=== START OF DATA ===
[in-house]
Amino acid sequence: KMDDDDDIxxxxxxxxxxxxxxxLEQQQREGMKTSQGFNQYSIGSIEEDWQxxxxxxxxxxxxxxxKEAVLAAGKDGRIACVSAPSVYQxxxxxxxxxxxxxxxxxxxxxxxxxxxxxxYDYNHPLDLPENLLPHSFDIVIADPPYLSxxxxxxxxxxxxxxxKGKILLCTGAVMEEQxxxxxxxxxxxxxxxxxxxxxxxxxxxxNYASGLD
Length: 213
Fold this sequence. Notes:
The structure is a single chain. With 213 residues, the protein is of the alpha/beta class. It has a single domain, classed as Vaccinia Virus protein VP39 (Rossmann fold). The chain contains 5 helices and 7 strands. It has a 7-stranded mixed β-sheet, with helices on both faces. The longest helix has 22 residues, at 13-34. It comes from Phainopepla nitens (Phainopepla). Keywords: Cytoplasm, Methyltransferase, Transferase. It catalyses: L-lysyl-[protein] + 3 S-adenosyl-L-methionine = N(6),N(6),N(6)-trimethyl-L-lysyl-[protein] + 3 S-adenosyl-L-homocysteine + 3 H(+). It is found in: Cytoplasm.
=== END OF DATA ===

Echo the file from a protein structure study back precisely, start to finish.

[in-house]
Amino acid sequence: KMDDDDDIxxxxxxxxxxxxxxxLEQQQREGMKTSQGFNQYSIGSIEEDWQxxxxxxxxxxxxxxxKEAVLAAGKDGRIACVSAPSVYQxxxxxxxxxxxxxxxxxxxxxxxxxxxxxxYDYNHPLDLPENLLPHSFDIVIADPPYLSxxxxxxxxxxxxxxxKGKILLCTGAVMEEQxxxxxxxxxxxxxxxxxxxxxxxxxxxxNYASGLD
Length: 213
Fold this sequence. Notes:
The structure is a single chain. With 213 residues, the protein is of the alpha/beta class. It has a single domain, classed as Vaccinia Virus protein VP39 (Rossmann fold). The chain contains 5 helices and 7 strands. It has a 7-stranded mixed β-sheet, with helices on both faces. The longest helix has 22 residues, at 13-34. It comes from Phainopepla nitens (Phainopepla). Keywords: Cytoplasm, Methyltransferase, Transferase. It catalyses: L-lysyl-[protein] + 3 S-adenosyl-L-methionine = N(6),N(6),N(6)-trimethyl-L-lysyl-[protein] + 3 S-adenosyl-L-homocysteine + 3 H(+). It is found in: Cytoplasm.